Autoimmune Diseases - Understanding diabetes
There are two types of diabetes, insulin dependent and noninsulin dependent. Except for the symptoms, they are unrelated.
Noninsulin dependent diabetes
In noninsulin dependent diabetes, the patient's pancreas stops producing insulin, or produces insulin intermittently. Although the reasons for the pancreatic shutdown are unknown, the suspicion is there is undue stress on the pancreas. Triggers for noninsulin dependent diabetes are weight gain (including pregnancy), bad diet, lack of exercise, and general unfit-ness. Patients with noninsulin dependent diabetes can usually be treated by an oral tablet to boost insulin production and a change in diet and behavior. Patients with extreme stress on the pancreas may have to take injectable insulin. This disease is not assumed to be inherited, although the similar body build and lifestyle of parent and child will make the offspring of a noninsulin dependent diabetic more prone to developing the disease.
Pregnancy-induced diabetes, commonly called gestational diabetes, is usually the result of the stress on the body from carrying the developing fetus. In most women, the disease ends soon after the pregnancy. In some cases, though, the woman will develop insulin-dependent diabetes after the pregnancy. The first course of treatment in pregnant women is usually to control diet. If that is unsuccessful, or the pancreas production of insulin is too low, either pills or injections may be used.
Noninsulin dependent diabetes can occur at any age, but is most common in older adults.
Insulin dependent diabetes
Often referred to as juvenile onset diabetes, diabetes mellitus, and type I diabetes, all are the autoimmune form of diabetes. The disease can develop at any age; it is as common to develop in a 20-year-old as in a 40-year-old. There are no age restrictions for developing diabetes.
By the time a patient experiences symptoms, the area of insulin production in the pancreas has been nearly destroyed by the body's immune system. It is suspected that the initial immune attack on the pancreas can start as early as one year before any symptoms are experienced.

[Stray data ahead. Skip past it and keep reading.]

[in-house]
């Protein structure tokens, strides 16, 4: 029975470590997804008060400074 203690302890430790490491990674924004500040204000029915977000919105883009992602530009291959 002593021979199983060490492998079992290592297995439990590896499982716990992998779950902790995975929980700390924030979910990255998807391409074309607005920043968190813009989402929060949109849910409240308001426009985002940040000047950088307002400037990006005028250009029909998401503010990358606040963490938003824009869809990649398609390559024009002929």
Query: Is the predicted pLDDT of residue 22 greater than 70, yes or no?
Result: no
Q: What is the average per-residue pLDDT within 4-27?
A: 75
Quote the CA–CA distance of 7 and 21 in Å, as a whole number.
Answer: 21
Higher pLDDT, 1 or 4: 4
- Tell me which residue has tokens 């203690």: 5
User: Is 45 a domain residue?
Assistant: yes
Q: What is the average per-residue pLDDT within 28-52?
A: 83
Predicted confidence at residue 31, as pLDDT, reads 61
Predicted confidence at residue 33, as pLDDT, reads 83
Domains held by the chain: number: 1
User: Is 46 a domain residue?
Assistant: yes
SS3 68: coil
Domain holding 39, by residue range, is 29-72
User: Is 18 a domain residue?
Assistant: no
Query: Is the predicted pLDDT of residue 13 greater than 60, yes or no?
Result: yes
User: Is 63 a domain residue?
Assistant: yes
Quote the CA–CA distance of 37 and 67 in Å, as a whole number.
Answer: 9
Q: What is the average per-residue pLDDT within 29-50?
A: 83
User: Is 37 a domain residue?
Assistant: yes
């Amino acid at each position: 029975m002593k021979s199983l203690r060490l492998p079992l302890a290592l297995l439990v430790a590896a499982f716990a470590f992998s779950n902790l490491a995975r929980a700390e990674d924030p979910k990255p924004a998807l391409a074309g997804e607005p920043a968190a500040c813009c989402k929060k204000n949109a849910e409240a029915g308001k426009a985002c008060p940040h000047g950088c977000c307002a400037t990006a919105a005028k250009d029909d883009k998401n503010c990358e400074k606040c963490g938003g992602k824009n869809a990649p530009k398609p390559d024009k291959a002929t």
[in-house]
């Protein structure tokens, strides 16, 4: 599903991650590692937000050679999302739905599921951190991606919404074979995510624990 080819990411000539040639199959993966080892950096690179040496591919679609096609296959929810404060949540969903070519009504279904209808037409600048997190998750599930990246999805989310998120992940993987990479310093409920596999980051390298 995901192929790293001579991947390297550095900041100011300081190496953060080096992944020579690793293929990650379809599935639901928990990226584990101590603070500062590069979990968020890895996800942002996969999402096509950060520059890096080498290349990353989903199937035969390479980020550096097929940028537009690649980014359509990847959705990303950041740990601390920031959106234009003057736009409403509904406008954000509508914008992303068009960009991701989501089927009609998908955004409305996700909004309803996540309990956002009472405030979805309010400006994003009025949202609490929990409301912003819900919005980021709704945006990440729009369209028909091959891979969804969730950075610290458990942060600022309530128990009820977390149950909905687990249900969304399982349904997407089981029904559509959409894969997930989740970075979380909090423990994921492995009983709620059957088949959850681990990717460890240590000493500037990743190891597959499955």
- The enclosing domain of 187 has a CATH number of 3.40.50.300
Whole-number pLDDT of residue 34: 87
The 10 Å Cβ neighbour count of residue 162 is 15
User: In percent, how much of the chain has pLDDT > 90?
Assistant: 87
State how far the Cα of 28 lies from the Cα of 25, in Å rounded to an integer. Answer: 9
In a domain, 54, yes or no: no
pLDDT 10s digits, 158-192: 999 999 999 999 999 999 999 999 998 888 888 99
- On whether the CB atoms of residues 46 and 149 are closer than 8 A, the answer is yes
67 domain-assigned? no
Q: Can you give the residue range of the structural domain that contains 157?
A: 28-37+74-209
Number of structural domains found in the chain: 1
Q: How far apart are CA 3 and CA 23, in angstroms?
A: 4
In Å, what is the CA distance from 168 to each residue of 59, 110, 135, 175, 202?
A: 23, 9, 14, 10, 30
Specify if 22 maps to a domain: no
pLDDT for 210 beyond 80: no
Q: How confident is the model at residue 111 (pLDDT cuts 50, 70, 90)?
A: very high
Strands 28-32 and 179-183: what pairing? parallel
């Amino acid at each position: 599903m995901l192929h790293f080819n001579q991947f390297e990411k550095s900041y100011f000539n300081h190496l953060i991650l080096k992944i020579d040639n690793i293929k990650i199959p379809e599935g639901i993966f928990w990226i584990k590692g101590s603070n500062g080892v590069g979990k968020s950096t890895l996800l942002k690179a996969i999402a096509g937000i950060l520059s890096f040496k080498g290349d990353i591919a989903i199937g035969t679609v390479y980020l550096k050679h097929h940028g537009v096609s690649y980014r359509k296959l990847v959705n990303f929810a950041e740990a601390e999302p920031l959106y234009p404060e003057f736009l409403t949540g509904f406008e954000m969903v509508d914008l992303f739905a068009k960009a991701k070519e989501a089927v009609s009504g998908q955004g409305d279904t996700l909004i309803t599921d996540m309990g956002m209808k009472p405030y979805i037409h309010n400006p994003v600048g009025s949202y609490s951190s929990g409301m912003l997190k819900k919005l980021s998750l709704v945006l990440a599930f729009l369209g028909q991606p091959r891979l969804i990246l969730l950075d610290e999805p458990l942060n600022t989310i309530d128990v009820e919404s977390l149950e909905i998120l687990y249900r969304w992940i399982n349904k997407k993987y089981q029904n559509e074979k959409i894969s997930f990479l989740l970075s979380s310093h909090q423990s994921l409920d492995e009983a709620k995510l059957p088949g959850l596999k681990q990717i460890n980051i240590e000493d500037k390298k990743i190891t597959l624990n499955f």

The warning signs of diabetes are excessive thirst, excessive urination, a sweet smell to the breath, and fatigue and lightheadedness. Other possible symptoms can include unexplained weight loss (sometimes rapid), extreme hunger, and disorientation. You can have one or more of these symptoms. But it is unlikely you will have all of them.
If at any point in your life you experience any one of the symptoms you should consult your doctor immediately. There are very simple blood and urine tests to determine if you have excessive sugar levels.
If it is determined that your sugar level is high, it is probable that you will be hospitalized immediately. One reason for this is to get you into a controlled environment where your food intake, sugar levels, and urine can be monitored regularly and frequently for several days. The other and more important reason is that excessive sugar levels in the blood are damaging to the kidneys, eyes, and circulatory system, and can cause death in a matter of days if left untreated.
Once you are in the hospital, you will be trained in giving yourself insulin injections, monitoring your diet, and decreasing your sugar consumption. There is nothing complicated about the diet or the insulin amounts. The blood sugar monitoring devices are quick, accurate, and easy to use. The insulin injections are painless once you learn how to do them. The difficult part for most patients is changing their diet. This takes understanding, determination, and will power. But it is essential that the patient follow the diet guidelines.